UAE 'paid Yemen tribes' to push al-Qaeda out

UAE 'paid Yemen tribes' to push al-Qaeda out
A US official said that the UAE has paid militants to get them to abandon Yemeni territory.
2 min read
16 August, 2018
Emirati Armed Forces Brigadier addressing journalists about the war in Yemen [Getty]
The United Arab Emirates paid money to tribal leaders in Yemen to weed al-Qaeda out of its strongholds, according to a US official who spoke to AP on condition of anonymity.

The comments, which came on Wednesday, followed an AP report last week outlining how Emirati forces cut secret deals with militants to get them to abandon Yemeni territory.

The official told AP that money "has exchanged hands" and that it often went to "sheikhs in areas that have collaborated or allowed al-Qaeda to exist".

He didn't elaborate on how much was paid, but says the Emiratis' payments to tribal sheikhs allowed them to "ally themselves to the Emiratis".

He asked rhetorically whether the sheikhs would "turn back to al-Qaeda at some point in the future" and shrugged his shoulders.

News of the UAE paying al-Qaeda reflects the contradictory US interests at play in the war in Yemen.

On one hand, the US is working with the Saudi-led coalition to eliminate al-Qaeda in the Arabian Peninsula. On the other hand, the overarching goal of the Saudi-led coalition is to beat the Iran-backed Houthi rebels, which AQAP also opposes.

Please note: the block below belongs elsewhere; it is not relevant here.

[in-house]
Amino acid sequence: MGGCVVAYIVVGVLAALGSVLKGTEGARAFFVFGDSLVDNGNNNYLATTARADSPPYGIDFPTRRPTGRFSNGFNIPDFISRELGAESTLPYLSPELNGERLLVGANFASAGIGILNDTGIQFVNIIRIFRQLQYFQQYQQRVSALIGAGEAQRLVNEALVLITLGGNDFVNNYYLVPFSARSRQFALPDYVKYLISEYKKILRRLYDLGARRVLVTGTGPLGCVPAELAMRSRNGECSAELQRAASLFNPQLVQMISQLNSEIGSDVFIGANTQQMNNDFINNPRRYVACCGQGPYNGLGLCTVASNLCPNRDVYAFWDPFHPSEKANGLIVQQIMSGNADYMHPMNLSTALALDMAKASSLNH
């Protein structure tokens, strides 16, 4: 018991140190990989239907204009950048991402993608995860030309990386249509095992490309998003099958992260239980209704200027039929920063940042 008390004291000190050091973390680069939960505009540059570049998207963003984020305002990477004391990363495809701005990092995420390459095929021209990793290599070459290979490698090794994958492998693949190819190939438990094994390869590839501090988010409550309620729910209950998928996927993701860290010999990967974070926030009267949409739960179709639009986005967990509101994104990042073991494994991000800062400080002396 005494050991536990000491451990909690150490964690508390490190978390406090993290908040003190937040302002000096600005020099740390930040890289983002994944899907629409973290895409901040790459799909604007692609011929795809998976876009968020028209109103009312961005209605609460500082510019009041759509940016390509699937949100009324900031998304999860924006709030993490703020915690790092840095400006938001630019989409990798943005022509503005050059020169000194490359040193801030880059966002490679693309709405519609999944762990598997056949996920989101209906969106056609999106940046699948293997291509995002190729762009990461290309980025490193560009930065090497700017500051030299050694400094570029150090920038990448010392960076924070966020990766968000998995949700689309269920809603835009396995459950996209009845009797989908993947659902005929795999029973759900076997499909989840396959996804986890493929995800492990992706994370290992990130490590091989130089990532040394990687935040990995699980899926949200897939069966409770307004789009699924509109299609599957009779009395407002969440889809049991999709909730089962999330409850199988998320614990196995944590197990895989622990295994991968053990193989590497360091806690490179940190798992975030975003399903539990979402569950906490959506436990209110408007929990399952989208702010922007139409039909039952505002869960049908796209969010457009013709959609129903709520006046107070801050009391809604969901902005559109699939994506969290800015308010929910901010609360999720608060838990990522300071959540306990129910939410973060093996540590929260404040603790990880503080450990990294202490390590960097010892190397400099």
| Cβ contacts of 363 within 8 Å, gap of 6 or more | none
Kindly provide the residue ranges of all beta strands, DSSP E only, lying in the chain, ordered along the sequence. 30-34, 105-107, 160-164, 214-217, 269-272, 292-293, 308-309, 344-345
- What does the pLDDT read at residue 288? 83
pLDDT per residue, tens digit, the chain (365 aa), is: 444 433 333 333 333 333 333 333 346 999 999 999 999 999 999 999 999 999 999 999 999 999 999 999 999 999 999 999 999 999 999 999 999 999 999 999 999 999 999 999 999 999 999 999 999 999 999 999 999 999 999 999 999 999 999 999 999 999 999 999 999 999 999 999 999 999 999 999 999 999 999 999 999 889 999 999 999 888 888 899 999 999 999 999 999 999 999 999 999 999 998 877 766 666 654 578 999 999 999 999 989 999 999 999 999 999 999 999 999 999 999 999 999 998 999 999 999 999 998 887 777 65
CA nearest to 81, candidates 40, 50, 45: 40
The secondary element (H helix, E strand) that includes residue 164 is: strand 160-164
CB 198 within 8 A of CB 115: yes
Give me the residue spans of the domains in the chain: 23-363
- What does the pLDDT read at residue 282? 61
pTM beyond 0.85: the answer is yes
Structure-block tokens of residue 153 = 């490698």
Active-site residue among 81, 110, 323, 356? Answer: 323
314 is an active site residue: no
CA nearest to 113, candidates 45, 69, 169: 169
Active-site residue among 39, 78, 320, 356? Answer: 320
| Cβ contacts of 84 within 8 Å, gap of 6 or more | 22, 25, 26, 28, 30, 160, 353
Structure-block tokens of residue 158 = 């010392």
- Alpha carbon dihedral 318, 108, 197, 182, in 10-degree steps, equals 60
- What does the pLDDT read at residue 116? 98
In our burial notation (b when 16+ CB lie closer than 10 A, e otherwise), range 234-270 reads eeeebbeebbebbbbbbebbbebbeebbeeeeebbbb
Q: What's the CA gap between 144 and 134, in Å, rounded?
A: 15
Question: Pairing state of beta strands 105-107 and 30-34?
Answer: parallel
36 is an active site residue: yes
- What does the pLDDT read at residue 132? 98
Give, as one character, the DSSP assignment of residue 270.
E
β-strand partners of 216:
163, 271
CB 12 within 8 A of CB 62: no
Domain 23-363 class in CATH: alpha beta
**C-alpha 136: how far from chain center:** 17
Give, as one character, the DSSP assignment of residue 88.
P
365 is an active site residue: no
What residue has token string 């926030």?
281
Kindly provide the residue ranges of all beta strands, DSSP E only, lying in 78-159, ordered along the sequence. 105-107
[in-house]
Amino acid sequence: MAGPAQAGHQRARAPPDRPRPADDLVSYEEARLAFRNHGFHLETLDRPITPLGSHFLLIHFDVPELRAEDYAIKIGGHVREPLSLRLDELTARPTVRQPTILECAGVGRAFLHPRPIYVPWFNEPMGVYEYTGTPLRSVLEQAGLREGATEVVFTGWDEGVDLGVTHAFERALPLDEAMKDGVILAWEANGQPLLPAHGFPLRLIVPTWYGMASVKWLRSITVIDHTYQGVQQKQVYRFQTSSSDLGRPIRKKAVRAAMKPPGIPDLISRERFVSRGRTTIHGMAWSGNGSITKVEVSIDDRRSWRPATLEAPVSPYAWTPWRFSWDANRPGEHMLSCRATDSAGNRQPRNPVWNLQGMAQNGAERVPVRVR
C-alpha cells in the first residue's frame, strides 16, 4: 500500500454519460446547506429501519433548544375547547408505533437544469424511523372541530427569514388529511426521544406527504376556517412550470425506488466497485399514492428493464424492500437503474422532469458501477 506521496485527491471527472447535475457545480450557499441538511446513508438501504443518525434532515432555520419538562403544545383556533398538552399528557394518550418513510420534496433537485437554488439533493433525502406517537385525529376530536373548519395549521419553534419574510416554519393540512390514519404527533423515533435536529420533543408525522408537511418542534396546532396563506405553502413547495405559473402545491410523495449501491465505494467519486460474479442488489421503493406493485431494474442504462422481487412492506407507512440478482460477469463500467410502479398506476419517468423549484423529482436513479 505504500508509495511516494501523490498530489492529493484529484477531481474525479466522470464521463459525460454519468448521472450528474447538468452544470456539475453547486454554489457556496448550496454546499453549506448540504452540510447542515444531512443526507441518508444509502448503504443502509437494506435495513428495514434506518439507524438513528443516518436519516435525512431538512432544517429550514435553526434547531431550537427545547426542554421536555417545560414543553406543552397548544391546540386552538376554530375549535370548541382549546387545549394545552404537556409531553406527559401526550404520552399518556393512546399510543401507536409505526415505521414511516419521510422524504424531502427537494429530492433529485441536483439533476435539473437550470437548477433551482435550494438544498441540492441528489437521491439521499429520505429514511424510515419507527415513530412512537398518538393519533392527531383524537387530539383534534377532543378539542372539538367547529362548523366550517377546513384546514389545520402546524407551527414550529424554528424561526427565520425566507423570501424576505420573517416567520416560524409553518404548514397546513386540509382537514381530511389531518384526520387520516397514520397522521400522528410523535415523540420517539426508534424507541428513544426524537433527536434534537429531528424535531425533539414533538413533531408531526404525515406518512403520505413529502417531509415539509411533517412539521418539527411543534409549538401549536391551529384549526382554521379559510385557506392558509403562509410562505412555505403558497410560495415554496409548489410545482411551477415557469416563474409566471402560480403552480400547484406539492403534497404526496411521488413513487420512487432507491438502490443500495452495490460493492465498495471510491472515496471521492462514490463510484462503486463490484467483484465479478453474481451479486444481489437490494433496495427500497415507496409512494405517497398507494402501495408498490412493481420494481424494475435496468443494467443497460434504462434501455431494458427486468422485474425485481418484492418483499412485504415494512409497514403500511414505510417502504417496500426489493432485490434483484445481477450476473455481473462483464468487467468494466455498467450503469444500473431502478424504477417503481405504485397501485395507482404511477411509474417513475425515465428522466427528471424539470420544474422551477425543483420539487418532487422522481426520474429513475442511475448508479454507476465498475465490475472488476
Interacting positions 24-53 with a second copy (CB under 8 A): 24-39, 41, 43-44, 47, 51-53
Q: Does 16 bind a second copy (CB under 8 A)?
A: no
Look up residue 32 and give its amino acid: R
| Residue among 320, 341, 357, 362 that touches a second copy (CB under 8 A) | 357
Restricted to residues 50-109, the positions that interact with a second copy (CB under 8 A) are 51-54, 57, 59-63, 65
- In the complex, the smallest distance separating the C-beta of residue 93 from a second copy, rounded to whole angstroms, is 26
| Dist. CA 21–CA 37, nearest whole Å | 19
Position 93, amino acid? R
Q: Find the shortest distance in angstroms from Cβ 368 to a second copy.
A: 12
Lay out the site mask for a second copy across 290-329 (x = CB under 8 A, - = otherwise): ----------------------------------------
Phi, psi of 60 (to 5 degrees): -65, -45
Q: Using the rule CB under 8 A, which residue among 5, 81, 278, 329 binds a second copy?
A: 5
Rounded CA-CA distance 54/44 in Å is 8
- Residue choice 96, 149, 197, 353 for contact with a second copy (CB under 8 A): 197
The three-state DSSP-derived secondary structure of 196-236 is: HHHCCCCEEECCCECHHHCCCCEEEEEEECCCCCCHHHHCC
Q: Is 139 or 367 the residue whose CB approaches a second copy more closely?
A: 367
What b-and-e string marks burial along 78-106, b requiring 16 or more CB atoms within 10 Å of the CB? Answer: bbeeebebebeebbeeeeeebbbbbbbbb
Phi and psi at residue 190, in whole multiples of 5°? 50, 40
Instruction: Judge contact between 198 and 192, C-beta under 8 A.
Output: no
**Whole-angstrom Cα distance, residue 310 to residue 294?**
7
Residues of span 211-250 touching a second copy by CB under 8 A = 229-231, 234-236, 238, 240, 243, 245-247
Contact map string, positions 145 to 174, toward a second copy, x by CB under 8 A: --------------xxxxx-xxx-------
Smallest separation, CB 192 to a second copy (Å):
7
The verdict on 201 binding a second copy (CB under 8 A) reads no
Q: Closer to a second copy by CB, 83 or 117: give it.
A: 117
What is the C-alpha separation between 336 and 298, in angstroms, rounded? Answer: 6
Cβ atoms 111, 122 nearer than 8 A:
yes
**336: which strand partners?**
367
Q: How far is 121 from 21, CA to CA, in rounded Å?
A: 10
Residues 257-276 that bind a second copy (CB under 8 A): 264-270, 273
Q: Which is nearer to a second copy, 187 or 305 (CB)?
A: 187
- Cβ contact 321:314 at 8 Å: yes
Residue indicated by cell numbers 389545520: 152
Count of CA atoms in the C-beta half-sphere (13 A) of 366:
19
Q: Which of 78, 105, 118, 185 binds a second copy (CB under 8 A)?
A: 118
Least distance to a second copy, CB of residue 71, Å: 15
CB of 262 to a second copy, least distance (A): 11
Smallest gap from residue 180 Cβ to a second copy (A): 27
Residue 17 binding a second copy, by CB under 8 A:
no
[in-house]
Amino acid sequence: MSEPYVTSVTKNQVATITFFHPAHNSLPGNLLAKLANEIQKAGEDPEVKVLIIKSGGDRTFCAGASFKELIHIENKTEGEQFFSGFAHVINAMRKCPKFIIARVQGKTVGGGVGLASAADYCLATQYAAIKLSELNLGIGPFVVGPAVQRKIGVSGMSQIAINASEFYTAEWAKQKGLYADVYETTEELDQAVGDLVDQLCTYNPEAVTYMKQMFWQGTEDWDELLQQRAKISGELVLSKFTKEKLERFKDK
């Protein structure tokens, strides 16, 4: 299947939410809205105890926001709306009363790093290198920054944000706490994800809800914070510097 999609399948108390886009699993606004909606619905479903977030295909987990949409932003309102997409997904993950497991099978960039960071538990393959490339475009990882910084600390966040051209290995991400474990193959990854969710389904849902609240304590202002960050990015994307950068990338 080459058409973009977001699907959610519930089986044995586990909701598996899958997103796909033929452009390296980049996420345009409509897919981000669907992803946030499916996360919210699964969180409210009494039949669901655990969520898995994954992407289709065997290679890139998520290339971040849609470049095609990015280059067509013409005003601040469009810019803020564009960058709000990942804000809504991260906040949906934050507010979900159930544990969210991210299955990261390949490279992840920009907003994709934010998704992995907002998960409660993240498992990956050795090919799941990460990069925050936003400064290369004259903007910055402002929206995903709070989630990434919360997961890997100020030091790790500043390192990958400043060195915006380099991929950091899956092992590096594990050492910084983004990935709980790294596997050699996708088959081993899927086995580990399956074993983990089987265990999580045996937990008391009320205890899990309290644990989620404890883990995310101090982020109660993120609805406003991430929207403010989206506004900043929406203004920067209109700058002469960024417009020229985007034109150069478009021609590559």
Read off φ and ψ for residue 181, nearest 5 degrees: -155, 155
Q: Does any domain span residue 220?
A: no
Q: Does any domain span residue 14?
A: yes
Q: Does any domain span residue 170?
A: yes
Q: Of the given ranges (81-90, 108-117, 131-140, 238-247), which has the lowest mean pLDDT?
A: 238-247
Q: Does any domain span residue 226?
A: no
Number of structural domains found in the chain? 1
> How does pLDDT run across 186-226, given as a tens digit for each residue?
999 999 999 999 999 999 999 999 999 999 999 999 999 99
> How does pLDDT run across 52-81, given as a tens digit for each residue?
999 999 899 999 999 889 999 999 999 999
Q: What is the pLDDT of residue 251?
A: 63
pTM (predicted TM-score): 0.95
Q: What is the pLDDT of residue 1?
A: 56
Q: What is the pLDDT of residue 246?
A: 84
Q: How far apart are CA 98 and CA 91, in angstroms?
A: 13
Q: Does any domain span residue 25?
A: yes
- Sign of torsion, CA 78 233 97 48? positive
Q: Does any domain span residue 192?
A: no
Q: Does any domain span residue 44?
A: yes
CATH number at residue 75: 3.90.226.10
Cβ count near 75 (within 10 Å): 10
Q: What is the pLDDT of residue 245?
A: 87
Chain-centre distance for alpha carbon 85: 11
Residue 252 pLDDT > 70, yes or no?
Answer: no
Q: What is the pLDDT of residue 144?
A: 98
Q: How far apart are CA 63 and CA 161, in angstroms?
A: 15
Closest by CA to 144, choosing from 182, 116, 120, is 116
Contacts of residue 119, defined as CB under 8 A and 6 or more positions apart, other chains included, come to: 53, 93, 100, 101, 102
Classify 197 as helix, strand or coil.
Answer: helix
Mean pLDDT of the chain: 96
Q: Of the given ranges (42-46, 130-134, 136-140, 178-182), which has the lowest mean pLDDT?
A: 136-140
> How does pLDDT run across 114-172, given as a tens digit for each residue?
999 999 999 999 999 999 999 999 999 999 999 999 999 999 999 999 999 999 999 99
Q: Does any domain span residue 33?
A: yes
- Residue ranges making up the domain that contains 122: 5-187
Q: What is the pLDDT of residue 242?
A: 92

More than 10,000 people have died since the Saudi-led coalition began airstrikes in March 2015 to what it alleges as support for the internationally-recognised government of President Abedrabbo Mansour Hadi.

The war has triggered what the UN has labelled as the world's worst humanitarian disaster. Twenty three of Yemen's 28 million are in need of humanitarian assistance, with eight million on the brink of famine. 

While all parties to the conflict have been accused of major violations, global outrage in recent days has focused on the Saudi coalition after it carried out an airstrike on a bus that killed 40 children in the rebel-held north. 

The last attempt at UN-brokered talks broke down in 2016 amid demands for a rebel withdrawal from key cities and power-sharing with the Saudi-backed government.

Agencies contributed to this report 

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